Thursday, November 26, 2009

Old Lady Peabody's Soup: A Publishing Analogy

So many of you may have heard about how Harlequin Publishing has opened up a self-publishing imprint (italic used here to convey the sense of "what in the name of all that is holy and good in this world were they thinking!?"). A lot of ideas have been thrown around about it on the blogosphere, and I'm not going to repeat them here.

But I am going to add an analogy to the mix. (I like analogies; they're fun to create, and they make my wife laugh a lot, even if she's just humoring me 30% of the time.)

Harlequin's creation of a self-publishing imprint is like if Campbell's Soup decided they would let the old lady down the street from their factory, who is half-blind and who owns bottled and canned food that predates the Cold War, bring a big pot of soup that she had fixed up that afternoon with who-knows-what cooked into it down to their factory to start putting in Campbell's Soup brand cans. She would then pay Campbell's a few thousand dollars to thank them for the privilege of having her soup canned in their cans and put on the shelf with their label. The FDA wouldn't know the diff. The customer wouldn't know the diff. And. AND. Old Lady Peabody could go around town saying that her recipe of soup is used by Campbell's, so everyone should buy some of her soup. Weeks later, when a number of househoulds are hospitalized for food poisoning, having ended up with what they thought was the Campbell's Soup brand, they're not going to sue Old Lady Peabody. They're going to sue Harleq . . . er . . . Campbell's.

So, is it ever, ever worth coming out with a self-publishing imprint if you are a well-respected publisher? No. Never, ever, in a million years, quadruple infinity, no reversals. The end.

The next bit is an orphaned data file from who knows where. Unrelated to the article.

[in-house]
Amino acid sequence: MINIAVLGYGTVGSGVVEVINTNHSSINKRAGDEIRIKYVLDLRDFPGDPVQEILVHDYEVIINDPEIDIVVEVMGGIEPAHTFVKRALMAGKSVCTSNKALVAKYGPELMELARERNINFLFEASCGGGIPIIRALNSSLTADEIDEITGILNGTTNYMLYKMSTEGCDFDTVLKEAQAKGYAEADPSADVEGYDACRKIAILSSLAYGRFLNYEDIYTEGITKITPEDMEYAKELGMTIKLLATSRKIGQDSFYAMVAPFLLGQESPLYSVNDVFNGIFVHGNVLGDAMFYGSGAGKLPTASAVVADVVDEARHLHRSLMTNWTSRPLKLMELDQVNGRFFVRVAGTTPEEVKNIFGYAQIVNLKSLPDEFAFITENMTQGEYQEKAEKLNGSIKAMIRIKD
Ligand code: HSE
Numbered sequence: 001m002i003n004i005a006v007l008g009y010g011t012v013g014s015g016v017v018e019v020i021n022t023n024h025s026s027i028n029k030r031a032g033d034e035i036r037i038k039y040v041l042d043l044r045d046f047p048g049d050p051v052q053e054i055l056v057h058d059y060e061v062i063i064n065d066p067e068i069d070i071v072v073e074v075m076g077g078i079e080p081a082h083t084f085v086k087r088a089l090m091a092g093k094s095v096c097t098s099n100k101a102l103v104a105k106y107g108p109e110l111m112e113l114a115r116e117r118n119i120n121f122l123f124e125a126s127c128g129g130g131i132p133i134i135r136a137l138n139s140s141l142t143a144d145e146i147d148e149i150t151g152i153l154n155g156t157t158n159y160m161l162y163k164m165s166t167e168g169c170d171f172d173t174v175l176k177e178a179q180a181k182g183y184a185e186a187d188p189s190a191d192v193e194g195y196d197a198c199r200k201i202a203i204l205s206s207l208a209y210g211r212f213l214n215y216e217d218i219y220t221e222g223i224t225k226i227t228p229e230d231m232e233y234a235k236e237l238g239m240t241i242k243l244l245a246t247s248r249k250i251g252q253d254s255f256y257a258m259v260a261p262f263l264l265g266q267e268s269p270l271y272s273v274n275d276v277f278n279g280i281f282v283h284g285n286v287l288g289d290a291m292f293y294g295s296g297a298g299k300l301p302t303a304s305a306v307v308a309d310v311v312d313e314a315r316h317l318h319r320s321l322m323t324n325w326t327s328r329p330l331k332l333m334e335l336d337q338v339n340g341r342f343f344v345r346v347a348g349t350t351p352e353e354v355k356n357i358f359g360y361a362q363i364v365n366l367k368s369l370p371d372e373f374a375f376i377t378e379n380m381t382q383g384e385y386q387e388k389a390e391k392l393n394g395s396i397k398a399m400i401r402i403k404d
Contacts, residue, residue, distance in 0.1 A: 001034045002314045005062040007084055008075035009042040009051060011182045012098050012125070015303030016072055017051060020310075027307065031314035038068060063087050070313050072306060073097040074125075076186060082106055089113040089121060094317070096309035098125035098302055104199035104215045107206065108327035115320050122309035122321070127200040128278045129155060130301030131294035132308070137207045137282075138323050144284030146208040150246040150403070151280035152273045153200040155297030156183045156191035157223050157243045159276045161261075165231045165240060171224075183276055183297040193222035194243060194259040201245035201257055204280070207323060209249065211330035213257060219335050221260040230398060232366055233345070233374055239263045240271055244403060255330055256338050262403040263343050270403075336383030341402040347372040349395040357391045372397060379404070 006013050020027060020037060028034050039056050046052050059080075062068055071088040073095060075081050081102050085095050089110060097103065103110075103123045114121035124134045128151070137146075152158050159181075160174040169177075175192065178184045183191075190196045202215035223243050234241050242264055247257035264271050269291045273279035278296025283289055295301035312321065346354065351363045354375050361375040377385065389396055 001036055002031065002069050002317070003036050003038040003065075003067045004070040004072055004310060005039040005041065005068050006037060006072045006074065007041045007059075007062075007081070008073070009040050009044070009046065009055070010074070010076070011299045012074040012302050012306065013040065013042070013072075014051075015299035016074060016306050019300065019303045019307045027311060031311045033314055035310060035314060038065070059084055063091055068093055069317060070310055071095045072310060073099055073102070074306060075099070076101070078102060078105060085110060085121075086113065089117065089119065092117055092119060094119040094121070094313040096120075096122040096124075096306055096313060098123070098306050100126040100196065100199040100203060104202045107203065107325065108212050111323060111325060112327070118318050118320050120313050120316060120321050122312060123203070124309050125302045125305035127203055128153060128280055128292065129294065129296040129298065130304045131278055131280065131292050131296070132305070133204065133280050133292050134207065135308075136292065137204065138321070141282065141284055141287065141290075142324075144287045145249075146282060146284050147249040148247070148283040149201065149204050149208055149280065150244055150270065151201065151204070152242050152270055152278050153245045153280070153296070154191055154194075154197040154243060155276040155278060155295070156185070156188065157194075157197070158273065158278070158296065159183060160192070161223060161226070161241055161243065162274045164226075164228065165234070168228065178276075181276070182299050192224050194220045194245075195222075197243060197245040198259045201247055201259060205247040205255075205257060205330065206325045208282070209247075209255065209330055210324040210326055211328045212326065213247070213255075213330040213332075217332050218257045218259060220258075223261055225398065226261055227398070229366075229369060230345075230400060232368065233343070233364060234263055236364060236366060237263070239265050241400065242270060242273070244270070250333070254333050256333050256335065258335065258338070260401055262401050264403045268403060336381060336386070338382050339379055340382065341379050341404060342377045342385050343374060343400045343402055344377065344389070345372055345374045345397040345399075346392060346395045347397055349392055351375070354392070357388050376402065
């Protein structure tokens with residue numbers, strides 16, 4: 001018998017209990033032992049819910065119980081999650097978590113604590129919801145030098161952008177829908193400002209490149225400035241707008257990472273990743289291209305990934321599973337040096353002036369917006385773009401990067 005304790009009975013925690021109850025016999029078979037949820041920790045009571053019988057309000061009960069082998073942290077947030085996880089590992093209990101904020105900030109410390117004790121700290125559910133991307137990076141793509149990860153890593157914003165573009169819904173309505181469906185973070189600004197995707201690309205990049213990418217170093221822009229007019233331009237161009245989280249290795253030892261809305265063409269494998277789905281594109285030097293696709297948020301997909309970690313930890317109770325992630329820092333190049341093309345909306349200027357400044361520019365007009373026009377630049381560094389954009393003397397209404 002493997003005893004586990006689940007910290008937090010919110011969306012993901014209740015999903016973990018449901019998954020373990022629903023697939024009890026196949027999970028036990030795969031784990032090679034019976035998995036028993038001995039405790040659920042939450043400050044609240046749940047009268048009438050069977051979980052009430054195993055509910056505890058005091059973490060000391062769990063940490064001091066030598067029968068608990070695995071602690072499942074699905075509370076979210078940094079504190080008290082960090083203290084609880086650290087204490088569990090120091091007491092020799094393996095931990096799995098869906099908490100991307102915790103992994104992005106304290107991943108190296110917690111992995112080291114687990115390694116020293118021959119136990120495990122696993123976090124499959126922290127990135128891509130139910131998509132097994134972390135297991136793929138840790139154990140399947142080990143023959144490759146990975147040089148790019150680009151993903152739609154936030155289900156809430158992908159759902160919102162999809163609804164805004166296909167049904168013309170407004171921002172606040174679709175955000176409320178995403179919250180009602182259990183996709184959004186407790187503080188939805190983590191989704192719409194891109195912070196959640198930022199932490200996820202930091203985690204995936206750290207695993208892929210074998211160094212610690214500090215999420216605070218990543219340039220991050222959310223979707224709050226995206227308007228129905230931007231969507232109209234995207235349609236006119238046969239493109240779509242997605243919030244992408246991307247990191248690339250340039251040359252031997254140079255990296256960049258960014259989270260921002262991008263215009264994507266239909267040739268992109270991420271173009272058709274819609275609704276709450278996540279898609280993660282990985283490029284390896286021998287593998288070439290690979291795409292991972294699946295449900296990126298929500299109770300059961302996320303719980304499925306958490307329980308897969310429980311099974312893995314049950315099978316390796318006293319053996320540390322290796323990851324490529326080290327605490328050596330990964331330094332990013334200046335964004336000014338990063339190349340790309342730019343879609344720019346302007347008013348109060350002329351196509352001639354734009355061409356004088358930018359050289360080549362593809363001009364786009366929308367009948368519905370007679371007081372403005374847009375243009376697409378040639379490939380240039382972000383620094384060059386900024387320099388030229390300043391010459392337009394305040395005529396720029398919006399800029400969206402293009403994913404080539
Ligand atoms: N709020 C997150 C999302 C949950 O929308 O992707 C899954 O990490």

DISCLAIMER: Campbell's Soup is the best soup in the whole wide world and would never, ever let Old Lady Peabody and her cat-hair-riddled soup into their factories. This was merely a satirical analogy meant to show that a soup company with as highly respected a reputation as Campbell's would be a good analogical focus in comparison to Harlequin. (although they don't put naughty ladies on their soup cans as does Harlequin . . . so it's not the perfect analogy, right? But you do what you can.)


  1. Oh my! What an analogy! Naughty old ladies indeed. :)

    Poor Mrs. Peabody, though. How will she ever know the effects of her terrible soup?

  2. That's sad that a "legit" publisher would resort to that to make some extra bucks. It cheapens the whole industry.

    Interesting thought about Campbell's putting the naughty Harlequin ladies and gents on their soup cans. They would definitely stand out in the soup aisle.

  3. I'm so glad Campbell's doesn't put naughty ladies on their cans - that would be sad.

    I also feel that Campbell's is the finest soup in the industry, and that their tomato soup can't be beat.

    Oh, and I agree about Harlequin, too, but mostly about the soup.

  4. Great point, Kirk. I would comment more, but I have to get my Centerfold Celery Soup off the oven.

  5. Have fun with that Deb. About the Harlequin debate. What were they thinking? I've read the backlash from the RWA, SFWA and NASA...really talk about making your office a target, but I also heard that HQ is going to take their name off the vanity press so it won't be affiliated. Still can't publish with a company that is willing to take advantage of writers by SUGGESTING that they spend thousands to self publish rejected books. GRRRR. Throw some Mrs. Peabody soup at them.